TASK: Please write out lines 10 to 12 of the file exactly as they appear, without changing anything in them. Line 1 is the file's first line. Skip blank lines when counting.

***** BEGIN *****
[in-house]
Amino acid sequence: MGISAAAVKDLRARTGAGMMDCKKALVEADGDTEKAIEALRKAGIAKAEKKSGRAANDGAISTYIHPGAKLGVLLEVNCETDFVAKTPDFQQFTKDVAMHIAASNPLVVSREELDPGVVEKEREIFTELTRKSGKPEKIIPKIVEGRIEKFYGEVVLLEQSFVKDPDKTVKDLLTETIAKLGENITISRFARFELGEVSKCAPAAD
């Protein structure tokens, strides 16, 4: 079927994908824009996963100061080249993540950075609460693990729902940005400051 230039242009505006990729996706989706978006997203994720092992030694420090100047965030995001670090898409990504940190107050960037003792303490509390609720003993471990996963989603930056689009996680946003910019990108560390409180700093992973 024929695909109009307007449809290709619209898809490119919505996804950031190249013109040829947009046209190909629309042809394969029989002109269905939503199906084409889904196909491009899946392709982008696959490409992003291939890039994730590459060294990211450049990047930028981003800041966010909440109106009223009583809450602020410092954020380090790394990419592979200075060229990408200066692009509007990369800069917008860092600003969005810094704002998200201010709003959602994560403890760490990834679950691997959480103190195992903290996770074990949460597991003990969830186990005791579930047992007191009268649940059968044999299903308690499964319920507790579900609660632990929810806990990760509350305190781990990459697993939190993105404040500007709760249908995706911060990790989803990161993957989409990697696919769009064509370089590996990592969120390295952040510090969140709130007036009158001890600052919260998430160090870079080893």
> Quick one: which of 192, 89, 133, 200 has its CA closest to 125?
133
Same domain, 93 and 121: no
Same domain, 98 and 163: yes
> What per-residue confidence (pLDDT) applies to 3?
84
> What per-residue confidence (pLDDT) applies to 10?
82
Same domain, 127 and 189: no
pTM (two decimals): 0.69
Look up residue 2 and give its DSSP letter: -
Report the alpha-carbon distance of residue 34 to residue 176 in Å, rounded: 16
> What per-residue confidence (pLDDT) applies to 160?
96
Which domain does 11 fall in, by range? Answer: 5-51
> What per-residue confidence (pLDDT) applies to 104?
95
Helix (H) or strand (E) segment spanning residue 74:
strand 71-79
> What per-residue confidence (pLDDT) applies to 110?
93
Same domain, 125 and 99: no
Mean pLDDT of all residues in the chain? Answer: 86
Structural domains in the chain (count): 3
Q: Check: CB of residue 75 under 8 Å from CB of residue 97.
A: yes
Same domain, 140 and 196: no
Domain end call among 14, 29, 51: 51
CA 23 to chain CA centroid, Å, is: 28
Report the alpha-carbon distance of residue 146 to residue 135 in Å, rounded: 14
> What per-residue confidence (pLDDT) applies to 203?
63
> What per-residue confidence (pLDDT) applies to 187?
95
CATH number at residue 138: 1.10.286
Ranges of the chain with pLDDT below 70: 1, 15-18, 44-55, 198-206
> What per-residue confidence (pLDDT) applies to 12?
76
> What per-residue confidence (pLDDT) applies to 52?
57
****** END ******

> What per-residue confidence (pLDDT) applies to 10?
82
Same domain, 127 and 189: no